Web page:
Vocal Fry Revisited: A musician and voice coach’s perspective
April 18, 2018

In an Op-ed in the Guardian, author and feminist Naomi Wolf deplores young women’s use of vocal fry and uptalk when speaking, citing it as a means of “disowning their power”.

What is vocal fry? It’s the lowest register in a person’s voice, producing a sound that is creaky and gravelly, especially at the end of sentences.

According to Wolf, such a vocal habit diminishes a woman’s potential to express herself with power and confidence, thereby undermining her ability to be fully heard and respected, especially in the workplace .

This comment, as you may know, unleashed a barrage of protests, some more virulent than others, claiming that women were entitled to speak any way they wanted, and that it was just another insidious encroachment of patriarchy on women’s freedom of expression.

(After all, men have vocal fry, too. But no one seems to take offence to the phenomenon in men, oddly.)

Well, I’m going to stay out of the polemics of this one. However, I’d like to address vocal fry and its implications from a different perspective: that of a voice coach and musician, who not only performs regularly as a singer, but has helped hundreds of people – women and men alike – make their speaking voice more efficient and powerful.

As a musician and singer, let me posit the following: The human voice is a wind instrument.

It really is. Think of an oboe, a flute, or a basson: breath exhaled via the instrument with skillfully applied energy and the intention of communication, will produce beautiful sound. In the same way, our breath exhaled via our vocal apparatus produces our spoken (or sung) voice.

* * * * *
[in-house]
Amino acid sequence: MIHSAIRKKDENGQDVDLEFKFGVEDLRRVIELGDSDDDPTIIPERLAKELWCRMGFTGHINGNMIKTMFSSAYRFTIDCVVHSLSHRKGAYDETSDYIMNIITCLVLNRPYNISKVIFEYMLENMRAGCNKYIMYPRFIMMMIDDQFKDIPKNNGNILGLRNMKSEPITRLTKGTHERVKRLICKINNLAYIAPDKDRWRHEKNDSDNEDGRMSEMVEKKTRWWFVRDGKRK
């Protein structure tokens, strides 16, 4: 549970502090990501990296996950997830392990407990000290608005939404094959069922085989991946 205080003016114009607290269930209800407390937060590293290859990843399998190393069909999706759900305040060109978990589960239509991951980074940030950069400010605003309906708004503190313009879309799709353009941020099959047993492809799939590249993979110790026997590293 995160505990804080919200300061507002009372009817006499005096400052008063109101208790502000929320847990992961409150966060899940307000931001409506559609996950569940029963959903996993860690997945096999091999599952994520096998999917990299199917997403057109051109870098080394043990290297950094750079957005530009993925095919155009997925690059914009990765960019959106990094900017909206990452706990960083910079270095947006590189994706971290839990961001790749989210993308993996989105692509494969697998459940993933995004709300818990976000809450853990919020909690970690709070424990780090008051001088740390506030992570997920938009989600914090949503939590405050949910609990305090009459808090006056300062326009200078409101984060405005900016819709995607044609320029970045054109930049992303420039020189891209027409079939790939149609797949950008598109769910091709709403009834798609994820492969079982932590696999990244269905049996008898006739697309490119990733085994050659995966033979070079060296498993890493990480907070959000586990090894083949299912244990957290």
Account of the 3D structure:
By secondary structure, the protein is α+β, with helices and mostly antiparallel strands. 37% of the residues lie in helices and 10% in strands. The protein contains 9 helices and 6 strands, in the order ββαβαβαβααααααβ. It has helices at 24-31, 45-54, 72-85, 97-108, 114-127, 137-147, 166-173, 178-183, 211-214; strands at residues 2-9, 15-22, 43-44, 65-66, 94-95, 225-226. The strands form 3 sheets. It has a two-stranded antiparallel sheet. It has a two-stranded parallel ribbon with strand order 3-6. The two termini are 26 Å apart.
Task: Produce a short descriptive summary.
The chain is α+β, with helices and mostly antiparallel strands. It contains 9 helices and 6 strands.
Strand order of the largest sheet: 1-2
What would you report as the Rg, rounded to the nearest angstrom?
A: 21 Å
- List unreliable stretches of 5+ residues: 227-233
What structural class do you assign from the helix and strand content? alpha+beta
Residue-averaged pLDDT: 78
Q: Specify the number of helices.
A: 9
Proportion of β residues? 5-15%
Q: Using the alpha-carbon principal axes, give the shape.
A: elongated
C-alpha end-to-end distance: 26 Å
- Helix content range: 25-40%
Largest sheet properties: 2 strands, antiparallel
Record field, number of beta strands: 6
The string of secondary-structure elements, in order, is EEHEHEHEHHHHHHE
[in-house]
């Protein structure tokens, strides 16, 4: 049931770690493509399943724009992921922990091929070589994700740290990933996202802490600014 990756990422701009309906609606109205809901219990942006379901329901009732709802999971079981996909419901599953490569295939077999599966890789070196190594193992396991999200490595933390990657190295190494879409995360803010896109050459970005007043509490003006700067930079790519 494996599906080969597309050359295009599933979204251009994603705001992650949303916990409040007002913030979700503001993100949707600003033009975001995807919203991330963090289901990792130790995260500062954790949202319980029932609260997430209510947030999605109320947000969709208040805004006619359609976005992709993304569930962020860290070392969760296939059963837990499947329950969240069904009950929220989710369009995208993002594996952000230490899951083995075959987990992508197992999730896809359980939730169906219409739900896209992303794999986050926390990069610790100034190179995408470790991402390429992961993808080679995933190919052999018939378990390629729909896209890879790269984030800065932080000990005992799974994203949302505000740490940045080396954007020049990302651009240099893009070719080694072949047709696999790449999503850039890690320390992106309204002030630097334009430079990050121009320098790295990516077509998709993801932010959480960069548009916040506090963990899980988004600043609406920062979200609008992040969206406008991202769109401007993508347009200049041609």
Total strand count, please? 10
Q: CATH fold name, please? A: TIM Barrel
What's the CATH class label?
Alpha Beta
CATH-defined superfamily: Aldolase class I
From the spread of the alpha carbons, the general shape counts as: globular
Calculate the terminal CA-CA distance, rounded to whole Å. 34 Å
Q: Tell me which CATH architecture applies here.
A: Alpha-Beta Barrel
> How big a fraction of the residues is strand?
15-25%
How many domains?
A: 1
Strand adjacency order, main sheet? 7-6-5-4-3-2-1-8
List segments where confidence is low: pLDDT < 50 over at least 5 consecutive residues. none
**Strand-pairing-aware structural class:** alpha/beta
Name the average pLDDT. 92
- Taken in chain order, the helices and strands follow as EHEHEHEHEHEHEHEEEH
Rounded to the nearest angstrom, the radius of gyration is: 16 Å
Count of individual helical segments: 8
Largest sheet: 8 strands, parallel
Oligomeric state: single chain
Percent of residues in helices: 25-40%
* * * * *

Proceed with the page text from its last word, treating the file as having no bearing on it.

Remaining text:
(Speaking 101: as you breathe in, the air fills your lungs; as you exhale, the breath travels up the windpipe, strikes your vocal cords, thereby producing vibration which is then amplified by your resonators (chest/head) and shaped by your articulators (mouth, tongue, palate, etc.).

Even though we take this totally for granted, it’s nothing short of miraculous.
A human being can use its voice to sing, speak, and communicate ideas and sounds that will shape the world. And we are the only species who can do that.

Going back to the wind instrument analogy, if the musician’s breath is not applied with enough skill, the sound emanating from the instrument will be weak (or harsh) and unsteady, and produce incorrect pitches.

Would we enjoy listening to that kind of sound at a rehearsal or in concert? Probably not. Because we instinctively (and by training) know that better and more beautiful sound can be made.

It’s the same with the spoken voice. When the breath is not deep enough and not applied correctly with intention and the right amount of energy, the voice can become unsteady, weak and break off into vocal fry. As a result, the listener feels a little “short-changed” by what they hear.

As human beings, we intuitively know whether the voice we’re hearing is operating at optimum capacity or not. Most of us know when a voice is able to produce a fuller and more powerful sound!

So…. why not use your voice to its full potential?

You might argue that, well, I should be able to use my voice the way I like it. And you’re absolutely right! But would you walk on one leg when you have two?

The same goes with the voice. Vocal fry is a sign of not using your instrument to its full human potential. By choice or by simple lack of awareness.

Truly, it’s a matter of preference. But I can tell you from experience when a speaker ( man or woman) applies certain techniques from my voice coaching, all of a sudden the voice is clearer, more energetic, more engaging, it has a much greater range and is thereby more interesting to listen to. And what’s best, the speaker feels more empowered as well.

Wouldn’t you want to uncover and use that which is your birthright?

We’re hard-wired for recognizing beauty and strength. And that’s important, because by recognizing it, we can bring out the potential for excellence and leadership that goes with it.

I don’t believe that pointing out vocal fry or uptalk, and recommending voice coaching to someone is an insult or a sign of oppression, rather, it’s saying:
“I sense great communication potential in you, but I’m not hearing it.”

Let your voice be your greatest communication instrument. Let it be a fabulous reflection of who you truly are.

We’ll all be the better off for it.

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